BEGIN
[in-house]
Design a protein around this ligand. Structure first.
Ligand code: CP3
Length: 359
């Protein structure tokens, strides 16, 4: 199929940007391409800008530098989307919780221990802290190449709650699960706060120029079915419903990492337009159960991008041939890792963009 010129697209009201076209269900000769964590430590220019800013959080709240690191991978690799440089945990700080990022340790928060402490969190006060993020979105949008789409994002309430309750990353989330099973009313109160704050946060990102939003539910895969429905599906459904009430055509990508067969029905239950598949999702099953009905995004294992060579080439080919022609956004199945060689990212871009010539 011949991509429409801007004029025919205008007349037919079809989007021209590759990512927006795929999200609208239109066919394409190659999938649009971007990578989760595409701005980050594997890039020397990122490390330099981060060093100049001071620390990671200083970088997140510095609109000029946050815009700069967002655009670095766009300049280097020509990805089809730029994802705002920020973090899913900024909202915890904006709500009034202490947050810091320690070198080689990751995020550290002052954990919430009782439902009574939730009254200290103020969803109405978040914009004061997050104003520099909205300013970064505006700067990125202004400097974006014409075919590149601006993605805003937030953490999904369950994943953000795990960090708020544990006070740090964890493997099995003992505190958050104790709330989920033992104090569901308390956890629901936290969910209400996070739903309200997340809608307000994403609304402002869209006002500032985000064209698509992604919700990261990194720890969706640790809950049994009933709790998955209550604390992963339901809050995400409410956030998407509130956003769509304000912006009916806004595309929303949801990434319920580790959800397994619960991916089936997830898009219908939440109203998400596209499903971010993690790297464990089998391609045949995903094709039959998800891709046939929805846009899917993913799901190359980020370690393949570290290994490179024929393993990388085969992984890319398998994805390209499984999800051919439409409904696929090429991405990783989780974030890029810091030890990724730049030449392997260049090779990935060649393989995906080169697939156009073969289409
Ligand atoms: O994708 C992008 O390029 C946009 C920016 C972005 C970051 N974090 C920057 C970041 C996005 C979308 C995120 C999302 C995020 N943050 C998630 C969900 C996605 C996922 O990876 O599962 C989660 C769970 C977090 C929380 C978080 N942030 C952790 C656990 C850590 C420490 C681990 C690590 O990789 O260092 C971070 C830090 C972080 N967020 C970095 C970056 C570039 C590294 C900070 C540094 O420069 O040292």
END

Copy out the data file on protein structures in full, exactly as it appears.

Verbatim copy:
[in-house]
Design a protein around this ligand. Structure first.
Ligand code: CP3
Length: 359
């Protein structure tokens, strides 16, 4: 199929940007391409800008530098989307919780221990802290190449709650699960706060120029079915419903990492337009159960991008041939890792963009 010129697209009201076209269900000769964590430590220019800013959080709240690191991978690799440089945990700080990022340790928060402490969190006060993020979105949008789409994002309430309750990353989330099973009313109160704050946060990102939003539910895969429905599906459904009430055509990508067969029905239950598949999702099953009905995004294992060579080439080919022609956004199945060689990212871009010539 011949991509429409801007004029025919205008007349037919079809989007021209590759990512927006795929999200609208239109066919394409190659999938649009971007990578989760595409701005980050594997890039020397990122490390330099981060060093100049001071620390990671200083970088997140510095609109000029946050815009700069967002655009670095766009300049280097020509990805089809730029994802705002920020973090899913900024909202915890904006709500009034202490947050810091320690070198080689990751995020550290002052954990919430009782439902009574939730009254200290103020969803109405978040914009004061997050104003520099909205300013970064505006700067990125202004400097974006014409075919590149601006993605805003937030953490999904369950994943953000795990960090708020544990006070740090964890493997099995003992505190958050104790709330989920033992104090569901308390956890629901936290969910209400996070739903309200997340809608307000994403609304402002869209006002500032985000064209698509992604919700990261990194720890969706640790809950049994009933709790998955209550604390992963339901809050995400409410956030998407509130956003769509304000912006009916806004595309929303949801990434319920580790959800397994619960991916089936997830898009219908939440109203998400596209499903971010993690790297464990089998391609045949995903094709039959998800891709046939929805846009899917993913799901190359980020370690393949570290290994490179024929393993990388085969992984890319398998994805390209499984999800051919439409409904696929090429991405990783989780974030890029810091030890990724730049030449392997260049090779990935060649393989995906080169697939156009073969289409
Ligand atoms: O994708 C992008 O390029 C946009 C920016 C972005 C970051 N974090 C920057 C970041 C996005 C979308 C995120 C999302 C995020 N943050 C998630 C969900 C996605 C996922 O990876 O599962 C989660 C769970 C977090 C929380 C978080 N942030 C952790 C656990 C850590 C420490 C681990 C690590 O990789 O260092 C971070 C830090 C972080 N967020 C970095 C970056 C570039 C590294 C900070 C540094 O420069 O040292």